Chargebacks cause real pain for sellers. But why does this happen? Why is the process so expensive, time-consuming, and requires a lot of action? The lifecycle of each chargeback depends on several factors, such as the reason for the chargeback, the quality of the evidence the buyer and seller have provided, and the deadlines of the card networks and others involved in the process. In this article, we’ll explore what is a chargeback, its step-by-step life cycle, and you’ll get some tips on how to streamline the process.
The Step-by-Step Guide to the Chargeback Life Cycle
Many sellers assume that the life cycle of a chargeback is fairly simple. The customer disputes the transaction with the bank, the merchant enters into a dispute, wins, and that’s it. However, that is not the truth. Depending on the reason for the dispute, as well as different situations, there may be several ways in which things develop. Below are the steps that occur during a chargeback.
The first stage is when the buyer decides to ask the issuing bank for a chargeback. This may be because the merchant did not perform the service properly, or the merchant could not identify the transaction on the bank statement and found it fraudulent. The cardholder contacts the bank to cancel the transaction.
Issuer Investigates Claim
After receiving the claim, the issuing bank reviews it. They may request additional information from the customer to identify the transaction and get to the bottom of the details. If everything the customer reported is correct, the issuing bank moves on to the next step.
Issuer Files a Chargeback
The issuing bank cancels the transaction. This forcibly deducts the amount from the acquirer and transfers it to the buyer’s account. This is called a conditional refund. After that, the issuing bank sends a notice to the acquirer about the revocation of the payment, stating the reason code in the notice and providing the data received from the buyer.
Acquirer Reviews the Case
The acquiring bank verifies the information received from the issuer and sends it to the seller, attaching the accompanying claim data.
Merchant Decides to Fight
After receiving the notice and accompanying information, the seller must decide what to do next. They may accept a chargeback if they agree with the buyer’s statement or decides to fight back if he believes the customer’s information is false.
Compile and Submit Representment Case
If the seller decides to fight, he collects evidence to refute the buyer’s claims. Evidence may include a copy of the transaction, a tracking number, an order delivery notice, records of communication with the buyer, etc. Once all the information has been collected, it should be given to the acquiring bank.
Acquirer Submits Representment
The acquirer receives the information from the seller and passes it on to the issuing bank, along with evidence and a cover letter describing all the steps regarding the order.
Issuer Reviews the Case
The issuer examines the case details, comparing the information from the buyer and the seller. Whichever version is more convincing, the issuing bank will make its decision.
Issuer Returns Funds to Merchant
If the truth is on the seller’s side, the issuer cancels the conditional refund that was given to the buyer. These frozen funds are returned to the seller’s account. In the best-case scenario, this may be the end of the chargeback process. However, if the issuing bank rules in favor of the buyer, the case could have a sequel.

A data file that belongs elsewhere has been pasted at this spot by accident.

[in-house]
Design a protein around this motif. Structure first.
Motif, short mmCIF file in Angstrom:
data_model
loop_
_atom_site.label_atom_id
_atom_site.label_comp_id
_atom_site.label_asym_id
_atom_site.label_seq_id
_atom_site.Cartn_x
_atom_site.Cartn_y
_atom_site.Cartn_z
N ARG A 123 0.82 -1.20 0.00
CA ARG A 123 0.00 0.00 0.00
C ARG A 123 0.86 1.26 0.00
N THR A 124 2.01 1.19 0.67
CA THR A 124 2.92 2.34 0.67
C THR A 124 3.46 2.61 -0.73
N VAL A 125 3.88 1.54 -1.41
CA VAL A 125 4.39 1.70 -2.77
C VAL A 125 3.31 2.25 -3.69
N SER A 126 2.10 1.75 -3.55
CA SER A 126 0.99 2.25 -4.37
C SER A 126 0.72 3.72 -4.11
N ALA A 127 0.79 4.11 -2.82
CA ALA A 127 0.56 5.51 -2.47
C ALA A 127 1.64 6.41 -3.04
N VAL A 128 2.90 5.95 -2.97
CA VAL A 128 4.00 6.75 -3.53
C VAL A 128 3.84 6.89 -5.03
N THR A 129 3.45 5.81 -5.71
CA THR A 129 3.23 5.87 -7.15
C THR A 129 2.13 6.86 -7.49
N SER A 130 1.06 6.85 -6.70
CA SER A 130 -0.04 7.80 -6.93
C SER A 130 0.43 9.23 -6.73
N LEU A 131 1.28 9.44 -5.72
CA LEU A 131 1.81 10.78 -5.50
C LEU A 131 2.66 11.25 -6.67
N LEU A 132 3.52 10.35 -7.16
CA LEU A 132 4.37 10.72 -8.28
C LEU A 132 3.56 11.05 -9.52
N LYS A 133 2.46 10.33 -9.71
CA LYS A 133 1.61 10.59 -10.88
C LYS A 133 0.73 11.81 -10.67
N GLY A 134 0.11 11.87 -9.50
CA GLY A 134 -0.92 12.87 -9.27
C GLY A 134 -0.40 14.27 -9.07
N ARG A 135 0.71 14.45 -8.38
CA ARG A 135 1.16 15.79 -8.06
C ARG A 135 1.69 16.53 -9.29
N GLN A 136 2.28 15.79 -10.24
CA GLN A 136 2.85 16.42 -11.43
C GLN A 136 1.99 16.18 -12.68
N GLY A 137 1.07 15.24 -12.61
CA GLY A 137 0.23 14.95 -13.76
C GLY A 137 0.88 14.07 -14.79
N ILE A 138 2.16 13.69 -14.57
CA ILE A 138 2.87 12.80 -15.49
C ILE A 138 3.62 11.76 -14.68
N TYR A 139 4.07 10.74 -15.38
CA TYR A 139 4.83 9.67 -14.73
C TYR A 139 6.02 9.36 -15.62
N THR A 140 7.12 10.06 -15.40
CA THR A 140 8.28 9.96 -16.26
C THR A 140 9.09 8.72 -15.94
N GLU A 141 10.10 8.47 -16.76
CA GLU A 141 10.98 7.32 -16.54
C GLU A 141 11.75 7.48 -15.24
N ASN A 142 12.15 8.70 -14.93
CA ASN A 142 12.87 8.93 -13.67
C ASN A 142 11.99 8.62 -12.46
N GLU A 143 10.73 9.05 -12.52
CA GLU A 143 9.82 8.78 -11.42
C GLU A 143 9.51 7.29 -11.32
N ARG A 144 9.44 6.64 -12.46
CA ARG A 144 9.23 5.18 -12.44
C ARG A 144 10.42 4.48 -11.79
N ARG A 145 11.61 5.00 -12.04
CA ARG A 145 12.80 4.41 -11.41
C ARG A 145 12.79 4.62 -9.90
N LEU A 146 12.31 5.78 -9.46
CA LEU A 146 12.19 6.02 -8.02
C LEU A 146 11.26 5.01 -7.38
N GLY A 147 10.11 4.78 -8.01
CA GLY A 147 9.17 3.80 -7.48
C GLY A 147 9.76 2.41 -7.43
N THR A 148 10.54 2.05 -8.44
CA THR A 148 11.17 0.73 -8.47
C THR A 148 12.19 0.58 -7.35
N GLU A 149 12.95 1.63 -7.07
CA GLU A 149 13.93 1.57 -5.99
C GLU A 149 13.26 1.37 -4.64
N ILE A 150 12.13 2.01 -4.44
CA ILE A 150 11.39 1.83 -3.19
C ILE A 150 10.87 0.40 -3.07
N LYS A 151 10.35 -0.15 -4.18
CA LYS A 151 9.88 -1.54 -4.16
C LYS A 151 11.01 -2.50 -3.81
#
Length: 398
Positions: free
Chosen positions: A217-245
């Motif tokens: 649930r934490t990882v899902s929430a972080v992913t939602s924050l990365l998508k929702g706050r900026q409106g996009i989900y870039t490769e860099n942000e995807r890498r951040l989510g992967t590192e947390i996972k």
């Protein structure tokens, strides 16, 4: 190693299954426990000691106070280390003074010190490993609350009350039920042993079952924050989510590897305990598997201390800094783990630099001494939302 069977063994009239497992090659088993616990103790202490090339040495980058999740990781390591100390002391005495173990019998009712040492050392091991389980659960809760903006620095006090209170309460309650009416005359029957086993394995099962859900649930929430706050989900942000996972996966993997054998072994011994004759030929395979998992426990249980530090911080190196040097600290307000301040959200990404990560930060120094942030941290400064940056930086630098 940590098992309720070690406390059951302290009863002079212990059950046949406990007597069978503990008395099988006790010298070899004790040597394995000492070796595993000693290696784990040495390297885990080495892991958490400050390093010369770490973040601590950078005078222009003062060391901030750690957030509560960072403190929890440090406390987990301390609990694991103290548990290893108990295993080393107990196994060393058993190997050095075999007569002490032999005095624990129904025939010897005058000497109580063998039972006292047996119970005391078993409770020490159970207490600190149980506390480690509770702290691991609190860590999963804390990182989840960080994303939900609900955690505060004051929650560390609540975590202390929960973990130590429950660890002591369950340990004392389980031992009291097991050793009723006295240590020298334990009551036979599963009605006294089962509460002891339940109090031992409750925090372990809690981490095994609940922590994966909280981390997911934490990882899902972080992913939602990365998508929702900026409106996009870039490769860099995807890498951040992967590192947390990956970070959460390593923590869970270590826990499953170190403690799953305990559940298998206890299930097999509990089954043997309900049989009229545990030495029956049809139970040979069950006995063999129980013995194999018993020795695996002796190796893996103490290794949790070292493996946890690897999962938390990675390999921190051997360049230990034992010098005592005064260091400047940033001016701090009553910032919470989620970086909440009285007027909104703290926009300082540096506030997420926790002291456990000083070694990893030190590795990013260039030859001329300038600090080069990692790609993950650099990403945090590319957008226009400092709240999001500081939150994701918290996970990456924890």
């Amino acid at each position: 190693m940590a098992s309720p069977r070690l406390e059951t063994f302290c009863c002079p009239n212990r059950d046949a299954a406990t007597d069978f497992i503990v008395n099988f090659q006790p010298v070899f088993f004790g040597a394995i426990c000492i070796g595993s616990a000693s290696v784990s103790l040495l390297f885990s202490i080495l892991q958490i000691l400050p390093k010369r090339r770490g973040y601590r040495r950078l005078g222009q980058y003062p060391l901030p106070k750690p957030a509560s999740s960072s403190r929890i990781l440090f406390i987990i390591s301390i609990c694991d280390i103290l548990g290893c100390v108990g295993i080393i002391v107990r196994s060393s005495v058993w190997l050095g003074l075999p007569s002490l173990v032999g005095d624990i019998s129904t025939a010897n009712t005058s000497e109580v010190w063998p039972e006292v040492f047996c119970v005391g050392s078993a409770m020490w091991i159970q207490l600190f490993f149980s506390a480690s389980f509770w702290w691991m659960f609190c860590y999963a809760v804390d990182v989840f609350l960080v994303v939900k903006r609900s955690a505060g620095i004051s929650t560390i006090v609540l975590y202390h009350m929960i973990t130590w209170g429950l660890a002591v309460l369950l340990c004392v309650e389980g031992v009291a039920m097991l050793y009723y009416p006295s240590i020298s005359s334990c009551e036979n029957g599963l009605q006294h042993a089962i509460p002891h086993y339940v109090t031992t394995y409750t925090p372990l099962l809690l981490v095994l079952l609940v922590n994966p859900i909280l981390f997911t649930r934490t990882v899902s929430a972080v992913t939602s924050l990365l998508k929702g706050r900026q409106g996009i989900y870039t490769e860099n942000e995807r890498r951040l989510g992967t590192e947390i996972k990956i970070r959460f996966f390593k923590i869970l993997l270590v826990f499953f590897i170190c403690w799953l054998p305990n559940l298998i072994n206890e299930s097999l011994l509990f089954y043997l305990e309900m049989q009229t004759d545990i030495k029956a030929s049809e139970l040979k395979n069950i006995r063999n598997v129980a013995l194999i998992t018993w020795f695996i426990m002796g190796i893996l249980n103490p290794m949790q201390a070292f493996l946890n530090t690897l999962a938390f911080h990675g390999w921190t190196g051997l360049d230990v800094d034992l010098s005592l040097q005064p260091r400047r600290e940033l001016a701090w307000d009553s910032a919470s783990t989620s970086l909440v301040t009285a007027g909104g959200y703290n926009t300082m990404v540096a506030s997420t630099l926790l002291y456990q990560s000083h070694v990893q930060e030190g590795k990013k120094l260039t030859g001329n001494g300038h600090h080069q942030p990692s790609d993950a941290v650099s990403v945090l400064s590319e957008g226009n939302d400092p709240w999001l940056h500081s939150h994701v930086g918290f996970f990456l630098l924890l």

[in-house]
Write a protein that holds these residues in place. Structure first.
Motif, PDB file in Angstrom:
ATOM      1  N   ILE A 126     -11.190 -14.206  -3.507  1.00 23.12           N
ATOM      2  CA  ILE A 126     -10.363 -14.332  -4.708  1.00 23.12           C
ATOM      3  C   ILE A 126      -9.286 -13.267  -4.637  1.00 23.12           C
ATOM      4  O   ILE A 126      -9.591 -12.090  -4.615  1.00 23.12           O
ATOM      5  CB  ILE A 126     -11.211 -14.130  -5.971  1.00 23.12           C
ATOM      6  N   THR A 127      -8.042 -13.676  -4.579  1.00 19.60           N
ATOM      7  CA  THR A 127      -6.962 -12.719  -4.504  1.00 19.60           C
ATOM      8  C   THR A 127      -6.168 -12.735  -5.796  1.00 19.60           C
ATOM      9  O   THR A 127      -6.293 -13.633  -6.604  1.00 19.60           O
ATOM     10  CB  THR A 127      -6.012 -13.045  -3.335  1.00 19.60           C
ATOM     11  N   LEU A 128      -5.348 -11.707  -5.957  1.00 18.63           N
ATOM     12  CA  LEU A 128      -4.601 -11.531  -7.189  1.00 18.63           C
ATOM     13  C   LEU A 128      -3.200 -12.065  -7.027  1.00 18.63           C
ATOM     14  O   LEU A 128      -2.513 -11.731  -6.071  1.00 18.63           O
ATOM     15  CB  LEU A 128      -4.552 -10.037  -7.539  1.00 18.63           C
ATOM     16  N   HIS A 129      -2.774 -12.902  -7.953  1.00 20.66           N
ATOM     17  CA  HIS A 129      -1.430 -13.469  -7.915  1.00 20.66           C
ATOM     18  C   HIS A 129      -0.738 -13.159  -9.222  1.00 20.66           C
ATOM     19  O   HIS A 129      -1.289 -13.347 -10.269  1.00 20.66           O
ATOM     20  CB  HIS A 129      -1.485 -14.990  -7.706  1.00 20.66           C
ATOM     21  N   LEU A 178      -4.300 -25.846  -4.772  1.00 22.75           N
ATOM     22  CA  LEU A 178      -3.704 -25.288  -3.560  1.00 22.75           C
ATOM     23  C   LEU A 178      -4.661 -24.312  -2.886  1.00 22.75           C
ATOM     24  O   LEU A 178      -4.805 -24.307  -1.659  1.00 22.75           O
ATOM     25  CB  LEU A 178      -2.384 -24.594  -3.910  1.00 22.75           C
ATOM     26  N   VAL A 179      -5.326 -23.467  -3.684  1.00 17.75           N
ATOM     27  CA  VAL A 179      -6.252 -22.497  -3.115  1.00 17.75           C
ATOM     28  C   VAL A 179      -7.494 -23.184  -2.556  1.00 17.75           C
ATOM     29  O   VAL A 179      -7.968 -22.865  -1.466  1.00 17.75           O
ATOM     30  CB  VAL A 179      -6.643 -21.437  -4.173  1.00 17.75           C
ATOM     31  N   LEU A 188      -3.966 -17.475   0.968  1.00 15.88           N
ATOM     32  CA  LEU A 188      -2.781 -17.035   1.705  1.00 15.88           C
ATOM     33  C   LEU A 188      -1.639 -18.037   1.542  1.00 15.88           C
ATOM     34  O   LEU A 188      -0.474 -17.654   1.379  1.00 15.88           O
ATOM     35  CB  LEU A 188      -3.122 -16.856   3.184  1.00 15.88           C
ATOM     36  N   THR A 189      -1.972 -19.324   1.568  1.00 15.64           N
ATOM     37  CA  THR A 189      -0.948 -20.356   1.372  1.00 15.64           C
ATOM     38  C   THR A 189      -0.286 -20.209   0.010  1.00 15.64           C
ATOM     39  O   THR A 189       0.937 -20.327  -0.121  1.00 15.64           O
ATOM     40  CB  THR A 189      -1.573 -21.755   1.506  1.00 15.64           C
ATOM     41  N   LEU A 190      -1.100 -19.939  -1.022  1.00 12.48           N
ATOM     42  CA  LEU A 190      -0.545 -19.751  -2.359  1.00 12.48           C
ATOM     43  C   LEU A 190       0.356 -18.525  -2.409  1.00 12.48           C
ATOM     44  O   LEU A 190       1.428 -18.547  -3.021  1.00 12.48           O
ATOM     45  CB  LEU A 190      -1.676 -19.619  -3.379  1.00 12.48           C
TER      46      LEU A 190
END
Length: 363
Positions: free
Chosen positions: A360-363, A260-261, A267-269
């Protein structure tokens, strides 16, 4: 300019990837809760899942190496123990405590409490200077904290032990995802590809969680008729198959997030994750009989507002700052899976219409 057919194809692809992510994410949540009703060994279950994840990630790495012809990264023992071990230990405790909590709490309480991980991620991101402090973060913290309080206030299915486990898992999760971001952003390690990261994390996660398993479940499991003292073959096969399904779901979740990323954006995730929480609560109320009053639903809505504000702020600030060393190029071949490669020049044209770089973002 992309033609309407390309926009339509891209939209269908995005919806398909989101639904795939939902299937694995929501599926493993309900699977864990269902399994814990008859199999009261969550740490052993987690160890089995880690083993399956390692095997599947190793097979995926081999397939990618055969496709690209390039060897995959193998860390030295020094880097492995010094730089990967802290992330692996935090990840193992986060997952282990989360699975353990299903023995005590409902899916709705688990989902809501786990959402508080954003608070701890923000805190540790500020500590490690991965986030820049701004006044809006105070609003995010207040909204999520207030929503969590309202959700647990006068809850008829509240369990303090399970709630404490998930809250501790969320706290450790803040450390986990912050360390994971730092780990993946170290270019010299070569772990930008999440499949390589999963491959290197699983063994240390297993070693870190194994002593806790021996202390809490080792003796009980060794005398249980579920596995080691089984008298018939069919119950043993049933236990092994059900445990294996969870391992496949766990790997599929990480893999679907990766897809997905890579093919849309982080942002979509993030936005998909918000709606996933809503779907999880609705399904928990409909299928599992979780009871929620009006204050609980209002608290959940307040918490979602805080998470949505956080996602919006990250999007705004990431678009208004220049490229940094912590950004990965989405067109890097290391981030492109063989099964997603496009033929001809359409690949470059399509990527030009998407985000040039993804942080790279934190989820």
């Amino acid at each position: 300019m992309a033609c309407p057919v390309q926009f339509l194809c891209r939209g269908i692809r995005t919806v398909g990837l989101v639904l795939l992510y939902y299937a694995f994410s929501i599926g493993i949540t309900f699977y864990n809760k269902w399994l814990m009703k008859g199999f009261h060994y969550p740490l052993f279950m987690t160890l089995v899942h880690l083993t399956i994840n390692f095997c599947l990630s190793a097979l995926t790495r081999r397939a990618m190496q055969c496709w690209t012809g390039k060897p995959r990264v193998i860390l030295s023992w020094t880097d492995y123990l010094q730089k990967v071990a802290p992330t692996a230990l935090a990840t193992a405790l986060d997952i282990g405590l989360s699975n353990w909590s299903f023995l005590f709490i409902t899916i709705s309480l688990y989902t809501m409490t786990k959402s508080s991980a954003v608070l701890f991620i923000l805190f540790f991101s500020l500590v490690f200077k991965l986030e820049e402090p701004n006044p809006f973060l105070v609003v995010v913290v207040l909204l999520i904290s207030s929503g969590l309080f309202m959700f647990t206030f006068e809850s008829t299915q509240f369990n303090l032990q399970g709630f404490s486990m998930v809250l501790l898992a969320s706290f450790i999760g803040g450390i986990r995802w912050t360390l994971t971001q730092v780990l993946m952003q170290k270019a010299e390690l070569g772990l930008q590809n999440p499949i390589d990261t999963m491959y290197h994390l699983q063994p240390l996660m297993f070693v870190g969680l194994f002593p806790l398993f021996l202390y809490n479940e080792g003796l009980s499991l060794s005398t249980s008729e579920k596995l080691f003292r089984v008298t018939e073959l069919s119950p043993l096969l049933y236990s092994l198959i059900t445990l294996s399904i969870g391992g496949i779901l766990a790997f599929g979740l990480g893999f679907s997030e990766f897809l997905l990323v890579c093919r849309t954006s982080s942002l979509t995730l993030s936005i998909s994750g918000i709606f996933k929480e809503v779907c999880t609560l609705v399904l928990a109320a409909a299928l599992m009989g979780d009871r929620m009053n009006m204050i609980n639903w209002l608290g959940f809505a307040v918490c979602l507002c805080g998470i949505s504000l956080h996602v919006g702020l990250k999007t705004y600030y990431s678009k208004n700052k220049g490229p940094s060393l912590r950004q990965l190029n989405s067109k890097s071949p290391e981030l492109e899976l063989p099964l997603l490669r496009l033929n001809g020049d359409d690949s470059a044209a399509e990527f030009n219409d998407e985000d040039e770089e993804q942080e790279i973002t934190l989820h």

After the issuing bank upholds its chargeback decision, the seller may file a second chargeback, otherwise known as pre-arbitration.
Acquirer Reviews the Case
The process is repeated. The acquirer receives information from the issuer, studies it, and sends it to the seller. It also contains all the transaction details and information from the issuer and the buyer.
Merchant Decides to Fight
After receiving all the information, the seller decides either to accept the chargeback or to dispute it again. However, in order to fight it a second time, it is important to provide more evidence than what was done the first time.
The seller sends all the necessary information and evidence to the acquiring bank again. But in this case, all the information goes to the card network ( Visa or MasterCard). After that, the card network, not the issuer, starts the arbitration process.
The card network looks at all the data the issuer and acquirer provided to decide which side is right.
Card Network Issues Ruling
In the end, the card network makes the final decision and takes the seller’s or buyer’s side. The case is then closed and cannot be appealed. However, if one of the parties in the process has important new evidence, arbitration can begin again. In that case, the party who initiates the case must go to court.
The Bottom Line
If you look at the step-by-step process of processing a chargeback, there doesn’t seem to be anything complicated about it. However, the process and the nature of the chargeback can negatively affect your business. First, it is quite a costly event because, in addition to the amount, the company pays additional fees that may exceed the transaction’s amount.
Second, a large number of chargebacks can have a bad effect on a company’s merchant accounts. They could be fined or even blocked by the bank or card network. Therefore, preventing chargebacks and providing customers with first-class service are important.